There are ghosts
for whom a gentle salutation might balm an
urge to escape the cut of stretched-out flax,
to pull to the world you’ve created the crux
of all your fears.
sat in the sun to grow old
into a tree that tends to orchids,
into a star that lives in the downward slope
of my nose
Yet I am still my own best
vampire. No matter how many times you die,
there’s always someone to take your place.
…the famine leaving all
the trees bereft of their bark, the villagers so
grateful for something, anything, to chew on.
mother says: separation of voice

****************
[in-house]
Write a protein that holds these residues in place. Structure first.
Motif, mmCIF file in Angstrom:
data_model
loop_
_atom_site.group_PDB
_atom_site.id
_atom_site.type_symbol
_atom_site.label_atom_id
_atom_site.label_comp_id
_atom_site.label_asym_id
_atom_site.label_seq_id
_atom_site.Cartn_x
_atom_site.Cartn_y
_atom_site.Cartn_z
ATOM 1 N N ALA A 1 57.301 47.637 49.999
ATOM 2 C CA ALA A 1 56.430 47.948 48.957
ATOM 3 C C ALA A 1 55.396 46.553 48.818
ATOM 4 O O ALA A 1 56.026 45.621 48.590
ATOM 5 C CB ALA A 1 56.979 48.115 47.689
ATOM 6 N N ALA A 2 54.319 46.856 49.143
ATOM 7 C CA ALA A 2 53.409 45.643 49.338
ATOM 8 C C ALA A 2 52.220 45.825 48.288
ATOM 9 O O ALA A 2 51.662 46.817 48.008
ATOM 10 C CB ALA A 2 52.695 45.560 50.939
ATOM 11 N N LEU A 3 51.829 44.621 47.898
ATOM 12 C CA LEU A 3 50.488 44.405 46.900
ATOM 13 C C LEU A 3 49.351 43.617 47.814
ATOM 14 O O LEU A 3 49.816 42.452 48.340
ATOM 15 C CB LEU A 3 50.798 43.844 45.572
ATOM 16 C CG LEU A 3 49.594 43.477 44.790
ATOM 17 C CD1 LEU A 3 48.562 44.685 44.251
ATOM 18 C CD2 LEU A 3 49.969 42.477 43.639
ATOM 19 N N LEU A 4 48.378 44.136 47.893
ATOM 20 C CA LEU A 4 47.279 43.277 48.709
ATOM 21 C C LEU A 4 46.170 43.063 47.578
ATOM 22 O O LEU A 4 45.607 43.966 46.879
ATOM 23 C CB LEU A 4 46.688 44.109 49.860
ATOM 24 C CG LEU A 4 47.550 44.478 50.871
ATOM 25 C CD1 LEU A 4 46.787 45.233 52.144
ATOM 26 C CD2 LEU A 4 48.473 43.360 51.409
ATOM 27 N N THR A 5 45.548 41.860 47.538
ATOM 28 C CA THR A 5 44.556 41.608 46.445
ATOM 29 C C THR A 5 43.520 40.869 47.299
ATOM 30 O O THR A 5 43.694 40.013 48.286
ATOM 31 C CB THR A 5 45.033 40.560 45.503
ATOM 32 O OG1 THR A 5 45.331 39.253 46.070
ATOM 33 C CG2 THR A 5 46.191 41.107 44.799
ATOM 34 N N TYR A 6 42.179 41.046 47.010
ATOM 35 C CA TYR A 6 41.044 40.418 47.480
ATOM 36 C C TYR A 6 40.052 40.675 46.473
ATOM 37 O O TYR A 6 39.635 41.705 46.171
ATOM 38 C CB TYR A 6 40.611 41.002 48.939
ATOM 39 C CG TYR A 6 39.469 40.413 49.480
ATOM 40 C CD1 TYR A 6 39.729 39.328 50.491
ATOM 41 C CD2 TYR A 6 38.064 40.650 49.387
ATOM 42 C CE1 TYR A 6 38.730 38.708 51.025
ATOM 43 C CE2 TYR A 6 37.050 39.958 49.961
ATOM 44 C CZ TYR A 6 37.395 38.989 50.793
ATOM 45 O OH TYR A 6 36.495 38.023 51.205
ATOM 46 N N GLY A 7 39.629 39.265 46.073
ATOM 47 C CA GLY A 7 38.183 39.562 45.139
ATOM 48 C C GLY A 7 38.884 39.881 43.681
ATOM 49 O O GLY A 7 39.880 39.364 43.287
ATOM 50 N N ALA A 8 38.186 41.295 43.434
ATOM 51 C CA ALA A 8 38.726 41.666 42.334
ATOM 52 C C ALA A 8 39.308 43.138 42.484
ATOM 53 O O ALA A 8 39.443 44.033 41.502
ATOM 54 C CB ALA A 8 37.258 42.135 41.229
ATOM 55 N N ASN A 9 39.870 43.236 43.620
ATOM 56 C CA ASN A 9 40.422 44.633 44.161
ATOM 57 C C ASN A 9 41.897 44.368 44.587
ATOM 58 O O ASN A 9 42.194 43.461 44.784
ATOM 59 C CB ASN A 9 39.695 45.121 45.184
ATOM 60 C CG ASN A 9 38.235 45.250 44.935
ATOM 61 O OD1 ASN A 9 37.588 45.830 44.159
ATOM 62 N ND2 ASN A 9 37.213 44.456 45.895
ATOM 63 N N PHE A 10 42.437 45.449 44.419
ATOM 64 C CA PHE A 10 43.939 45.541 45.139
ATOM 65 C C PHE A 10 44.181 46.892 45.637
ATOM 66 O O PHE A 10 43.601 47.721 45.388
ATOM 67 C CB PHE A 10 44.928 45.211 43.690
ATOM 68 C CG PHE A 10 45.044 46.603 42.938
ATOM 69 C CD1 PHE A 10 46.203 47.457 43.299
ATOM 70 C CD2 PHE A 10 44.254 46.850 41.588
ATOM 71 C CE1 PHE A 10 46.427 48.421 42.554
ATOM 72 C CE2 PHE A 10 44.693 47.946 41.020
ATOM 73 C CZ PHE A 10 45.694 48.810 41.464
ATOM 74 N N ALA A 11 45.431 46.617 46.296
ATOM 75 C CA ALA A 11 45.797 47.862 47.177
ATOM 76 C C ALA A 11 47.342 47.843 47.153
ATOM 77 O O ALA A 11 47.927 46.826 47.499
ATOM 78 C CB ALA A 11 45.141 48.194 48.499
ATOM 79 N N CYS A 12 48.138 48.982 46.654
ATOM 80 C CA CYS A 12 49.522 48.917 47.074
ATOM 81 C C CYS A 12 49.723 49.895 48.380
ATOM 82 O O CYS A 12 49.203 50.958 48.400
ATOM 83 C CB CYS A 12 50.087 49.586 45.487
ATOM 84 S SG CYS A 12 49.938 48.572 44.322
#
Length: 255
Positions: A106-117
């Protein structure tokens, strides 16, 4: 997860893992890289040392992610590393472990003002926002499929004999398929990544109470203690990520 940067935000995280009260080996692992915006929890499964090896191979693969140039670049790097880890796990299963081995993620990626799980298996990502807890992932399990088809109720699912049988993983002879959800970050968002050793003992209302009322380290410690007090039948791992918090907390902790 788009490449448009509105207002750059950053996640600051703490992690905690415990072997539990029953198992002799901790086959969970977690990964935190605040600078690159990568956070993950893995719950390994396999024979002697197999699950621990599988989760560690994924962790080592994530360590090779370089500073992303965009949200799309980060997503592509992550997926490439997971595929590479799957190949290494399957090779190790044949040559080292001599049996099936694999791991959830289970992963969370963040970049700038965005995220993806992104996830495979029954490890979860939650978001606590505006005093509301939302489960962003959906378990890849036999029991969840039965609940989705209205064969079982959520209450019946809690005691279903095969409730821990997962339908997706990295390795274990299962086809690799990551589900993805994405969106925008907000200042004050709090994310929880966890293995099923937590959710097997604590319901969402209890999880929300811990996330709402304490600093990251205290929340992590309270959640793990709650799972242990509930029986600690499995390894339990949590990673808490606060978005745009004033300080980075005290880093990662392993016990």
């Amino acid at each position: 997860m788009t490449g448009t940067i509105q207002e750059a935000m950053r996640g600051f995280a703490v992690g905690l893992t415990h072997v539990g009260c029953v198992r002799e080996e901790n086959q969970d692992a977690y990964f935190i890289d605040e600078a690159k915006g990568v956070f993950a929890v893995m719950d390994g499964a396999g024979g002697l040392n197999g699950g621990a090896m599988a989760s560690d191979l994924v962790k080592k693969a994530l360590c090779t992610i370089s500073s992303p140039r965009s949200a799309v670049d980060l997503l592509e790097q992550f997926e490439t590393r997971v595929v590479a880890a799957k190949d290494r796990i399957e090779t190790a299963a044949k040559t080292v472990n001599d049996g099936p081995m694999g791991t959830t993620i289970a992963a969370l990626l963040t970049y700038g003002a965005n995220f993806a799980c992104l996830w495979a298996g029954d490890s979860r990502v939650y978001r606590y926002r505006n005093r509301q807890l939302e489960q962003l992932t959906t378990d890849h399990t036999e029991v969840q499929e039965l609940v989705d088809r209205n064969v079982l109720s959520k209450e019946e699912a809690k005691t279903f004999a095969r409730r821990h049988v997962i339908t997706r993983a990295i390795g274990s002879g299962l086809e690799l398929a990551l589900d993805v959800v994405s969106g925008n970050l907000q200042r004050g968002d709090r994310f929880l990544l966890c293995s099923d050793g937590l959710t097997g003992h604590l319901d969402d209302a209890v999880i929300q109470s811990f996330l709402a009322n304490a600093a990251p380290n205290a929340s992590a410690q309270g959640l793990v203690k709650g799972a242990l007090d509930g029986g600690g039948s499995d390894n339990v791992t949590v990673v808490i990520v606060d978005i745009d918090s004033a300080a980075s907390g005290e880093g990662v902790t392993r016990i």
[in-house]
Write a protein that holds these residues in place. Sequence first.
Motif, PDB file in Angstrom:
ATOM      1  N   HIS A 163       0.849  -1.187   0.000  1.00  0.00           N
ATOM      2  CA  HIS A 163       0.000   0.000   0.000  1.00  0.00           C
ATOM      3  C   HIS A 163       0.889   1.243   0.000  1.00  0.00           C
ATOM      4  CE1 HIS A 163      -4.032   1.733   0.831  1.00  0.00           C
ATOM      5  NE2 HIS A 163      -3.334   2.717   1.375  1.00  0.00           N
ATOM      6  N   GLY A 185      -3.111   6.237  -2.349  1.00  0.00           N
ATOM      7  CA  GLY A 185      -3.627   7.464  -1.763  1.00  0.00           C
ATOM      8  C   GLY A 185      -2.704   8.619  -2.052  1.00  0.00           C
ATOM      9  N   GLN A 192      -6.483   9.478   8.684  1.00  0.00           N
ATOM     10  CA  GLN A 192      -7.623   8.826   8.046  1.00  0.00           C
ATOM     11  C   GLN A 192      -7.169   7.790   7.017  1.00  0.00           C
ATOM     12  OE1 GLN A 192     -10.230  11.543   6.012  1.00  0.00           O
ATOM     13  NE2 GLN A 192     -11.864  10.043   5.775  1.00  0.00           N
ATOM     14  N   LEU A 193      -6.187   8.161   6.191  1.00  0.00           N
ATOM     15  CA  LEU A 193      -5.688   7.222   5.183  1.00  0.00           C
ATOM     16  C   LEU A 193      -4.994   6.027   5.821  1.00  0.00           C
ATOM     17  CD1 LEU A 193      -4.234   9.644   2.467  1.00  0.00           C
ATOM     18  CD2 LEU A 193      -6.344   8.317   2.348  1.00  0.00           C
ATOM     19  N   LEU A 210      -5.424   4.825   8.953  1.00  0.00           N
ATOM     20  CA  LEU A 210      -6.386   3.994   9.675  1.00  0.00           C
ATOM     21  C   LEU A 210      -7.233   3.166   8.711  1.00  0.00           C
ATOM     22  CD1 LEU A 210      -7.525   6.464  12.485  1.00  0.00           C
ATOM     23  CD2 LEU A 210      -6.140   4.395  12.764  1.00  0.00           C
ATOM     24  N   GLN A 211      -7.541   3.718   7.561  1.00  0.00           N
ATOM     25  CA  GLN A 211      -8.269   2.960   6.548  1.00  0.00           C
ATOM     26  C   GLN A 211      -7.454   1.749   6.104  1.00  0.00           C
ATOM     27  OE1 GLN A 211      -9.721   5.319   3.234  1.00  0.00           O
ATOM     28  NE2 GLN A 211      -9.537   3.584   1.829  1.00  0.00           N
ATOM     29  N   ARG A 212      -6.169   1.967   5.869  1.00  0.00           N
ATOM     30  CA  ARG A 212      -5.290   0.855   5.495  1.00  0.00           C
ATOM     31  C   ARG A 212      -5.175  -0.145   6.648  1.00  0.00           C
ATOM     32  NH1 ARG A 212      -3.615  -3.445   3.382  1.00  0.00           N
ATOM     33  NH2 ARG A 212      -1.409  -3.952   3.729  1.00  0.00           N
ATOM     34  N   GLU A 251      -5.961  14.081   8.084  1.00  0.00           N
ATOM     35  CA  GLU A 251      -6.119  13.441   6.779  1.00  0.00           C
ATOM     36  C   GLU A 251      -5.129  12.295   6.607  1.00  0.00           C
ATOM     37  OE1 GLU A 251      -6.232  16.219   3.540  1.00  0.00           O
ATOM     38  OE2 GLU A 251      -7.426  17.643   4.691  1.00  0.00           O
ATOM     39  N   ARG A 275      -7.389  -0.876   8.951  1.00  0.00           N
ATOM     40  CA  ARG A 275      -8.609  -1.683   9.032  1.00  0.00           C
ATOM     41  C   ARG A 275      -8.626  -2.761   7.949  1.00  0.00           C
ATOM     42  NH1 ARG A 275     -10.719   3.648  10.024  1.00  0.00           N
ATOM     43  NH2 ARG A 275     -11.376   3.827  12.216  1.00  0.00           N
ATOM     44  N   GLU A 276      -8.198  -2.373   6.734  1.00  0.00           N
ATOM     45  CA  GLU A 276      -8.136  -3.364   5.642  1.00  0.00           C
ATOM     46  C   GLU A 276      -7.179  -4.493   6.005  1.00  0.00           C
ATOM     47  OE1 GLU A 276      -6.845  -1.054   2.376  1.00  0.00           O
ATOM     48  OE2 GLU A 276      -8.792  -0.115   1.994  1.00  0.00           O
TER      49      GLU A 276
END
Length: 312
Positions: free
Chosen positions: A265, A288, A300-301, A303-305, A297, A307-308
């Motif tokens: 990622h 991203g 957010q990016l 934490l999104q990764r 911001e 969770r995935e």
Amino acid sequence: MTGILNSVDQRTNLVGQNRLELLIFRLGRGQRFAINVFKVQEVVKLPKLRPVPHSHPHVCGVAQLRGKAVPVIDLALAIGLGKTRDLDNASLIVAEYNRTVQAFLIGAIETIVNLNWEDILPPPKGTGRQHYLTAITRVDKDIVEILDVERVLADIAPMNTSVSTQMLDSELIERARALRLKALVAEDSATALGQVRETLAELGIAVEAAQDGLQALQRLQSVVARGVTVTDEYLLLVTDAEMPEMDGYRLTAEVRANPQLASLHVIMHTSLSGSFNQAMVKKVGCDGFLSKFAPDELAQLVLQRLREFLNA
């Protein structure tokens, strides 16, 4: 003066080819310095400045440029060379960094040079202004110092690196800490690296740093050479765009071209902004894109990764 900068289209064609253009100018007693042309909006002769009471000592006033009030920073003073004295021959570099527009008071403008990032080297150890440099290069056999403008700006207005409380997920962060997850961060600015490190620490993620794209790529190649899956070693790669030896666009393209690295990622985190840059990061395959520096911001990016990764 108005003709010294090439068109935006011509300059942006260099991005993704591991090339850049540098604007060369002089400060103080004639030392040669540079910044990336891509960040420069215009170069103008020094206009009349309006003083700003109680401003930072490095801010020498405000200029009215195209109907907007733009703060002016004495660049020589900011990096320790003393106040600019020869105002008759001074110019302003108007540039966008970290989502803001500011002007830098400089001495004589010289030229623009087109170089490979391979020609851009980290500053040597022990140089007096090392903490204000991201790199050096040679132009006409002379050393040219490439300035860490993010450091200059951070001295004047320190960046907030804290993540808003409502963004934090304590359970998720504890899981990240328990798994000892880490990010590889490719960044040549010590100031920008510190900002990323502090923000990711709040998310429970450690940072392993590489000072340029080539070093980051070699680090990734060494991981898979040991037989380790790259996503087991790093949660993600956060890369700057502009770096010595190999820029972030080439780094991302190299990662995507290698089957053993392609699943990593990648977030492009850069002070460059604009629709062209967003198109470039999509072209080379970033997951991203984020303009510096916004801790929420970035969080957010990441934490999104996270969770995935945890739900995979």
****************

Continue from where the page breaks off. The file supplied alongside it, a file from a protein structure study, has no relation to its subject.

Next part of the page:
poet says: behave, moonbeam
mother says: the way you tell the moon to behave is transgressive, not Chinese
poet says: my voice is a splinter
When science fiction veers dangerously close to reportage, when a poem gives you news you can hardly bear, how do we keep opening ourselves to these texts, these poems? Can we take solace in the old trees…knowing that no matter what we do, the Earth will survive us, even in some terribly beautiful, almost unrecognizable form?